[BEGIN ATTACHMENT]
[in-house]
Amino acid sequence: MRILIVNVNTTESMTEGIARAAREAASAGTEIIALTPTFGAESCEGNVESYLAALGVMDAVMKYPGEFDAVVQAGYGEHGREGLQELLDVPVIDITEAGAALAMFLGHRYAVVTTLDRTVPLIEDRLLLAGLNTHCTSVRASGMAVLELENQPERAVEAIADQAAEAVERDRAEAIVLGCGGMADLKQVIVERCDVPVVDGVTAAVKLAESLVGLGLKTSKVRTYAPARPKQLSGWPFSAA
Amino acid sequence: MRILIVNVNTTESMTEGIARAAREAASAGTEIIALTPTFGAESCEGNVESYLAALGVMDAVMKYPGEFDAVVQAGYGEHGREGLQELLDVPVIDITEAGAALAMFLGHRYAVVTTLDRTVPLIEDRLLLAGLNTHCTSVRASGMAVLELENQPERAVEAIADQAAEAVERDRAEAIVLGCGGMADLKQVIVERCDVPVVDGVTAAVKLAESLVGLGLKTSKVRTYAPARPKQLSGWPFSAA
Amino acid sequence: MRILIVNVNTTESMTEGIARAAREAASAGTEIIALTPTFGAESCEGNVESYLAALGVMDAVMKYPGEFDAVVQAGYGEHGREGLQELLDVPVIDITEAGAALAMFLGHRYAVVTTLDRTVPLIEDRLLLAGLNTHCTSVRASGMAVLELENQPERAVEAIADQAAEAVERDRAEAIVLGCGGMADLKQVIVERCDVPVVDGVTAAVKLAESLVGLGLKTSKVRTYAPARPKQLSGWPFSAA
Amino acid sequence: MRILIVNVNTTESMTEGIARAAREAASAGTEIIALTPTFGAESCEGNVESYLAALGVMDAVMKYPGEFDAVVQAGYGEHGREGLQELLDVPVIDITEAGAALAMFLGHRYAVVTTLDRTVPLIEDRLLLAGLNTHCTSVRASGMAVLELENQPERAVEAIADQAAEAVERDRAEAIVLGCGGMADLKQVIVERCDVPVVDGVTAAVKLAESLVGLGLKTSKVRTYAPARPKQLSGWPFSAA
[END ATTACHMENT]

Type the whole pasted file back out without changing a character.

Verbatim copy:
[in-house]
Amino acid sequence: MRILIVNVNTTESMTEGIARAAREAASAGTEIIALTPTFGAESCEGNVESYLAALGVMDAVMKYPGEFDAVVQAGYGEHGREGLQELLDVPVIDITEAGAALAMFLGHRYAVVTTLDRTVPLIEDRLLLAGLNTHCTSVRASGMAVLELENQPERAVEAIADQAAEAVERDRAEAIVLGCGGMADLKQVIVERCDVPVVDGVTAAVKLAESLVGLGLKTSKVRTYAPARPKQLSGWPFSAA
Amino acid sequence: MRILIVNVNTTESMTEGIARAAREAASAGTEIIALTPTFGAESCEGNVESYLAALGVMDAVMKYPGEFDAVVQAGYGEHGREGLQELLDVPVIDITEAGAALAMFLGHRYAVVTTLDRTVPLIEDRLLLAGLNTHCTSVRASGMAVLELENQPERAVEAIADQAAEAVERDRAEAIVLGCGGMADLKQVIVERCDVPVVDGVTAAVKLAESLVGLGLKTSKVRTYAPARPKQLSGWPFSAA
Amino acid sequence: MRILIVNVNTTESMTEGIARAAREAASAGTEIIALTPTFGAESCEGNVESYLAALGVMDAVMKYPGEFDAVVQAGYGEHGREGLQELLDVPVIDITEAGAALAMFLGHRYAVVTTLDRTVPLIEDRLLLAGLNTHCTSVRASGMAVLELENQPERAVEAIADQAAEAVERDRAEAIVLGCGGMADLKQVIVERCDVPVVDGVTAAVKLAESLVGLGLKTSKVRTYAPARPKQLSGWPFSAA
Amino acid sequence: MRILIVNVNTTESMTEGIARAAREAASAGTEIIALTPTFGAESCEGNVESYLAALGVMDAVMKYPGEFDAVVQAGYGEHGREGLQELLDVPVIDITEAGAALAMFLGHRYAVVTTLDRTVPLIEDRLLLAGLNTHCTSVRASGMAVLELENQPERAVEAIADQAAEAVERDRAEAIVLGCGGMADLKQVIVERCDVPVVDGVTAAVKLAESLVGLGLKTSKVRTYAPARPKQLSGWPFSAA